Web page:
• The quickest solution is generally the best solution — or at least helps you understand the problem better.
  • Build relationships with people. Be their friends.
  • Keep meetings to 30 minutes. Always have a takeaway from a meeting.
  • Hold yourself accountable.
  • Don’t be an ass.

What are your highlights? Here is the complete list.

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Water Melon Green

“He does know, we are 6 weeks behind schedule, right? – Well, I’m not going to be the one, who tells him, we are that far behind…”

Repeated on every level, this is the simple mechanism enabling projects to get incredibly, absurdly late, expensive and under performing without anybody noticing, or, to be more precise: Wanting a superior to notice.

A Recipe for Disaster

Every time a team member decides it is the better choice not to notify his or her superior about a threat to project success this is a crisis in the making. Every time a superior decides not to want to know about an issue, or even punishing the messenger, he encourages a culture that makes the imminent problems ever harder to solve. Until there is no going back and it all ends with a catastrophe or a very, very close call.

You are Going to Fail – Deal with It

If people refuse to take responsibility or worse, punish others for doing so, is going to make your project fail, in one way or another, sooner or later. Projects are hard, planning is hard, there will be delays, dead ends and workarounds, let’s acknowledge and deal with it, openly and transparently.

Loved all three seasons of Silicon Valley, by the way.

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A short history of #Google #Fails

Google Audio Ads, Google Print Ads, Orkut, Google Wave, Jaiku, Google Buzz, Google Video, Google TV, Nexus Q, Google Checkout, Google Glass and last but not least Google Plus – Steffan Heuer and Thomas Ramge try to write the story of #Google #Fails for Brand Eins.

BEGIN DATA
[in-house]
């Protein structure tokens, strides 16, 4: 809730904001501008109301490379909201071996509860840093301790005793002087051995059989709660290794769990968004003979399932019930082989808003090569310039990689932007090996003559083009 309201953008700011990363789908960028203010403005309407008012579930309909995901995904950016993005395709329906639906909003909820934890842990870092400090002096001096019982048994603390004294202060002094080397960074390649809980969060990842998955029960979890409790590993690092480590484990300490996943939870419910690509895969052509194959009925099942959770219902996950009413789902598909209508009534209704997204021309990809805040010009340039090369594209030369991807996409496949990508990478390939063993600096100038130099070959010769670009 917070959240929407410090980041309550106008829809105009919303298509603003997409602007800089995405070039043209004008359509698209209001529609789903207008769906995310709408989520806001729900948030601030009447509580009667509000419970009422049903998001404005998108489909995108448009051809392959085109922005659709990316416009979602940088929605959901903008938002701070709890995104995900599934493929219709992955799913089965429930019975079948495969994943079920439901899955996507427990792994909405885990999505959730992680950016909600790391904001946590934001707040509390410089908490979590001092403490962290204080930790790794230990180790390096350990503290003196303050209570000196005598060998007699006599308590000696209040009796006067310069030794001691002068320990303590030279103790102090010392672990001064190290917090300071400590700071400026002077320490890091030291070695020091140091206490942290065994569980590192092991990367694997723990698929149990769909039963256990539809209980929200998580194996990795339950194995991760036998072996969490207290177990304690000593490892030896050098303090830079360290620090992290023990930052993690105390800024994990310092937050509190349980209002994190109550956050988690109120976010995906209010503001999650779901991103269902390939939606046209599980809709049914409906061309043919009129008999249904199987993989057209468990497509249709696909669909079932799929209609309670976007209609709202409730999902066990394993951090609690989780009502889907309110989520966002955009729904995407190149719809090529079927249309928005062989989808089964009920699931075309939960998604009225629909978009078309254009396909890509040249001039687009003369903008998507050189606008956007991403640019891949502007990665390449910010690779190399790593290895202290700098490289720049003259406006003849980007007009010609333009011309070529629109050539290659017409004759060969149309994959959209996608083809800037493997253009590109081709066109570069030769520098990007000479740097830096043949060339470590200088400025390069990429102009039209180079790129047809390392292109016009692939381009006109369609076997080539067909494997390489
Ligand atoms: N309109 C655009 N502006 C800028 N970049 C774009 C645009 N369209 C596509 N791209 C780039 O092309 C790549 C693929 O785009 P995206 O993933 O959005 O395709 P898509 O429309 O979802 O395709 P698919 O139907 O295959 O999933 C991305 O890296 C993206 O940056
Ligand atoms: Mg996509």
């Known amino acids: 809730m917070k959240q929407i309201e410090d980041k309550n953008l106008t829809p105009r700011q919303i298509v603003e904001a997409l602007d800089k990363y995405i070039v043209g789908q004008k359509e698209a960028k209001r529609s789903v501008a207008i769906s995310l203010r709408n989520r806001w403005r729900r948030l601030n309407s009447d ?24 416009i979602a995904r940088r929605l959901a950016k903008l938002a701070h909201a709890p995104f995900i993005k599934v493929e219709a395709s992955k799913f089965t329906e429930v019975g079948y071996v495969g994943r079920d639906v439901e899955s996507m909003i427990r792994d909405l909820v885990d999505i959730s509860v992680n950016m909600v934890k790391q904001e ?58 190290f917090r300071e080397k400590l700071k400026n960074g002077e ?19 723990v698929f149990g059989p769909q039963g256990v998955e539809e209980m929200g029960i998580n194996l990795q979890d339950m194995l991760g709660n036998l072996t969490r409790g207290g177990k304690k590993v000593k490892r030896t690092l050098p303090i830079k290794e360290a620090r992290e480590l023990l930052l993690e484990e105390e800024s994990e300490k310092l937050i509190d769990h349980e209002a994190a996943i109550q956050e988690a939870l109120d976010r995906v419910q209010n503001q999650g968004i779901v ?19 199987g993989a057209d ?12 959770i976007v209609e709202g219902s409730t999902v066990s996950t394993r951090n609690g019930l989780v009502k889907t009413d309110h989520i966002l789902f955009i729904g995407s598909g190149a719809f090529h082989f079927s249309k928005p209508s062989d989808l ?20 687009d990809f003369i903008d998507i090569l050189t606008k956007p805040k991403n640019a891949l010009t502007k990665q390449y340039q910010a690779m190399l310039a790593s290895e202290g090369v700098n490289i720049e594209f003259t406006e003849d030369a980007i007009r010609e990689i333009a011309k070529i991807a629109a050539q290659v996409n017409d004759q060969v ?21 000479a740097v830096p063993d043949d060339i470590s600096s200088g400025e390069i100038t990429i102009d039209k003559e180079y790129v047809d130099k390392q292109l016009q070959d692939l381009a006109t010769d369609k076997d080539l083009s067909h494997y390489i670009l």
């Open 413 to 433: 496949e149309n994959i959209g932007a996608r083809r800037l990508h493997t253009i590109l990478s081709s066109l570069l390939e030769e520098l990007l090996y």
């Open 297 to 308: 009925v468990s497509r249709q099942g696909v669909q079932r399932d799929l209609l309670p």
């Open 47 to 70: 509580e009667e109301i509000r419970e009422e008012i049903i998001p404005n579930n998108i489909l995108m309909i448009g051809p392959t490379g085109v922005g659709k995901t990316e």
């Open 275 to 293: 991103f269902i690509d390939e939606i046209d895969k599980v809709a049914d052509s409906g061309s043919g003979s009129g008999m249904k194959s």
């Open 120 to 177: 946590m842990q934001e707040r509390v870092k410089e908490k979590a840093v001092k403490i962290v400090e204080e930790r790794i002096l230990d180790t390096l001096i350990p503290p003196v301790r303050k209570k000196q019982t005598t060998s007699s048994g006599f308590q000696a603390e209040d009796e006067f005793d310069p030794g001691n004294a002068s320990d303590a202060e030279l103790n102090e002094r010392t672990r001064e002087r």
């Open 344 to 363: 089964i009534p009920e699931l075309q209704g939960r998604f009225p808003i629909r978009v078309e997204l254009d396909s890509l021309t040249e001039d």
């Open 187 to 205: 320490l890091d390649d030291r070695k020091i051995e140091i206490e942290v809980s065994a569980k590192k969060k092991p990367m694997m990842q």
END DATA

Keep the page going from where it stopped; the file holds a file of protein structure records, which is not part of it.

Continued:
Apart from giving rich testimony to the fact, that there might be no such thing as “the rules for success in the Internet century” (the tag line of a recent book by former Google CEO Eric Schmidt), it also offers a nice overview over Googles long and colorful history.

Bottom line: “It does not look like their ultimate goal is world domination.”

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You only know what the next piece is.

Superstar biographies, genius interviews, teachers advice and parental anecdotes, might lead us to believe that, success or failure in life depend only on us making the right choice(s), on tracing the right steps, from beginning to end. Unfortuntaly these well meaning advisors couldn’t be more wrong, as Tor Bair shows in a great piece: Your Life Is Tetris. Stop Playing It Like Chess.

Life is more like Tetris than chess, because it is neither causal nor a closed system. To the individual life and its challenges are chaotic and random. Well, there might be causalities, but their sheer number and interconnectedness makes it impossible to read them on more than a local or statistical level. “You only know what the next piece is.” It is therefore futile to tackle this mess with a mindset that assumes absolute visibility, causality and a well defined set of rules, such as chess. And a way better (and healthier) approach to assess each situation, each piece individually, and make the most of it, just as in Tetris.

And, while, the simple, the obvious truths about life are often the hardest to life by, with a Tetris mindset, you still got plenty of tries left.